The 25 days until Christmas countdown has arrived and I couldn't be more in the holiday spirit than I am right now.

The tree is up, the stockings are hung and the Christmas Village is lit (literally). One of my favorite things to do when Christmas comes around is putting up the tree itself, but I'm very specific as to what kind of tree. I'm opposed to fake plastic trees and I won't buy a tree unless I can cut it down myself. It brings me peace knowing that it's as fresh as the day I chop it.

Each and every year, as a tradition, my family goes to a small tree farm in Westport, right off of Sodom Road called Bristle Cone Farm. The owners provide you with cutting shears and a saw to choose and cut your own tree on the property, and it's only $55 for any size.

This is my favorite part: the cutting down of the tree. Something about it brings a sort of accomplishment; it's a feeling I can't describe.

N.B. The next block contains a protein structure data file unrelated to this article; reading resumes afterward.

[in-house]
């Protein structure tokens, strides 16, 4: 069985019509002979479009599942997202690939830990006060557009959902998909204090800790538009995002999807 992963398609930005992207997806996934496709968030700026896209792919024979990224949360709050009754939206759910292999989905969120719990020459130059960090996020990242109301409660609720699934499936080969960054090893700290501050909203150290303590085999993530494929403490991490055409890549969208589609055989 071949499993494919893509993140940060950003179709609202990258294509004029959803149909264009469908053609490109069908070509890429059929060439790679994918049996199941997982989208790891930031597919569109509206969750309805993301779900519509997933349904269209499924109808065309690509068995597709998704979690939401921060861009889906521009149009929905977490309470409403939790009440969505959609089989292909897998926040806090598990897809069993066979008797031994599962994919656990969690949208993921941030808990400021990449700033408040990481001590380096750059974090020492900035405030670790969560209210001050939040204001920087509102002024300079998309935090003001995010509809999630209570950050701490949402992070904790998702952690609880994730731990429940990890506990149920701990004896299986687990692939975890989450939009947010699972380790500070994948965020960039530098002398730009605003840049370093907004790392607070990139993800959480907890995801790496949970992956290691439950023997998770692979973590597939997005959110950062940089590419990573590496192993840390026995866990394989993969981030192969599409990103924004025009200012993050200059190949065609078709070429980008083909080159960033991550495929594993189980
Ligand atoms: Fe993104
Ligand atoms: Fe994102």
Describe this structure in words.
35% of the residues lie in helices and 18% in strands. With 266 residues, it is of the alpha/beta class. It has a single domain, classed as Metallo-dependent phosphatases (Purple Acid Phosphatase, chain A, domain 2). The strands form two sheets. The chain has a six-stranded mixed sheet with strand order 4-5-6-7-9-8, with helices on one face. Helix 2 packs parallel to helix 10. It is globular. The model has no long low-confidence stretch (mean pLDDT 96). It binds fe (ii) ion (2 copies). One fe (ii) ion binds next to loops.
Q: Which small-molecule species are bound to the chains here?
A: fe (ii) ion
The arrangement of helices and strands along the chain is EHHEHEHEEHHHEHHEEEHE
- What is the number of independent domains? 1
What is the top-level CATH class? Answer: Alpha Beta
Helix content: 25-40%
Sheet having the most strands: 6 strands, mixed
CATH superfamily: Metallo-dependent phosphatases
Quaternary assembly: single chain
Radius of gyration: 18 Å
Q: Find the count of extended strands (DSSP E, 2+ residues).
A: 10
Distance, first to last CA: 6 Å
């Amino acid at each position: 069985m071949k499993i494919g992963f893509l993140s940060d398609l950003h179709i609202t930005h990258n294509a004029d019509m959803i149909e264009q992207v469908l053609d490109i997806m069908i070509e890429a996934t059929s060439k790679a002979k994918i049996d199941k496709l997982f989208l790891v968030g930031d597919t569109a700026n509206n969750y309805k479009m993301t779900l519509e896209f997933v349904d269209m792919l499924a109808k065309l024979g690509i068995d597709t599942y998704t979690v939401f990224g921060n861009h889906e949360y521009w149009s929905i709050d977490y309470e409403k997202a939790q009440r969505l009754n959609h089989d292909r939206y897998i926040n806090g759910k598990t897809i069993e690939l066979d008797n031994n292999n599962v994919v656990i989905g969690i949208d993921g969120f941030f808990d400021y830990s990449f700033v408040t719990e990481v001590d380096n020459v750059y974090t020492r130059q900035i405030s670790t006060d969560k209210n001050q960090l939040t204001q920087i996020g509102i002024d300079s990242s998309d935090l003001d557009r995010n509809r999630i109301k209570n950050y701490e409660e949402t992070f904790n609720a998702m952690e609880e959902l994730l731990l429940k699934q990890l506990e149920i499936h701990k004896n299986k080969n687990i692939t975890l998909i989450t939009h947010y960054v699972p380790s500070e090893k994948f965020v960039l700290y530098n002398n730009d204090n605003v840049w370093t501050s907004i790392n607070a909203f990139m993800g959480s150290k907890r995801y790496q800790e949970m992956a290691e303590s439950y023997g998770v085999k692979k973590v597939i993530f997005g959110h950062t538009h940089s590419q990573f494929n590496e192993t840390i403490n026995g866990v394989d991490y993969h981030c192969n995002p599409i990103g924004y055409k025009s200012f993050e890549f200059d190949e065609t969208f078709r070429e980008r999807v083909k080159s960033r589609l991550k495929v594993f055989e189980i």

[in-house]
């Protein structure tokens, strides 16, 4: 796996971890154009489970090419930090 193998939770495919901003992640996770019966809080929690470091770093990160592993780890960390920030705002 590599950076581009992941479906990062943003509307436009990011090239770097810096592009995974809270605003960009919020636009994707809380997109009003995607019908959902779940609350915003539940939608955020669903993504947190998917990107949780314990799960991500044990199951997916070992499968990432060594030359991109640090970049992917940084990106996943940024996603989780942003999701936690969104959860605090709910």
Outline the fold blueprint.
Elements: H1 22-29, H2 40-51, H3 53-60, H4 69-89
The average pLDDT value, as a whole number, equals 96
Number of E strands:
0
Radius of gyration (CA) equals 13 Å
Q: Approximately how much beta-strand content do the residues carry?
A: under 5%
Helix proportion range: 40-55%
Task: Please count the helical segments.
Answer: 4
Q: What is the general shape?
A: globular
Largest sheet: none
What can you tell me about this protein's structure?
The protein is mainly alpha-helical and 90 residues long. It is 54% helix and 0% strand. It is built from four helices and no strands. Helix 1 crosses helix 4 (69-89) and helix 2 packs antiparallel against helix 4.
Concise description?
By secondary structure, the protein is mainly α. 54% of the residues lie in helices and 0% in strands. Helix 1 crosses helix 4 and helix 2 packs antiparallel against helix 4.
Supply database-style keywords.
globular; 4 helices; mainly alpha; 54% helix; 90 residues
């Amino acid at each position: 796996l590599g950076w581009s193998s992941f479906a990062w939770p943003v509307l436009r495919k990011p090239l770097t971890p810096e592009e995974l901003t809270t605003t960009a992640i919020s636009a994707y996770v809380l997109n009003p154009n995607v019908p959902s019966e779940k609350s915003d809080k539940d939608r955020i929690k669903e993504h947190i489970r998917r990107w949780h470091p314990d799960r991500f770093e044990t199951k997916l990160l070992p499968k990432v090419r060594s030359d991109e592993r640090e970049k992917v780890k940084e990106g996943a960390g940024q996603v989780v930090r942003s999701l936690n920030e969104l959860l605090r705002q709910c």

Gazelle/Townsquare Media
Gazelle/Townsquare Media

Now for the important part, some tips and advice on how to keep that freshly-cut tree alive well throughout the holidays and beyond. According to the Massachusetts Christmas Tree Association, the following steps will allow you to take care of your tree with ease once you've stood your tree straight up inside the tree stand:

  • Add hot tap water for your first watering to help increase the absorption process by 50 percent. This is the most important step and the golden rule. The larger or deeper the stand, the more water you'll be able to contribute.
  • Water often, making sure it never dips below the fresh cut part of the tree to avoid it from sapping over. This will suffocate the absorption flow and not allow any water to be absorbed by the tree.
  • The more hydrated the tree, the less likely the chance of a fire, so let this be your motivation to keep it hydrated throughout the season.

Lastly, not to sound like a broken record, but common sense is free, so make sure to keep the tree away from any heat sources such as heaters, vents, lamps, or any other hot objects that could cause the tree to dry out or catch fire.

Hope this helps. Merry Christmas and Happy Holidays to you and yours.

GET SOME HOLIDAY CHEER: Christmas Trees on the SouthCoast

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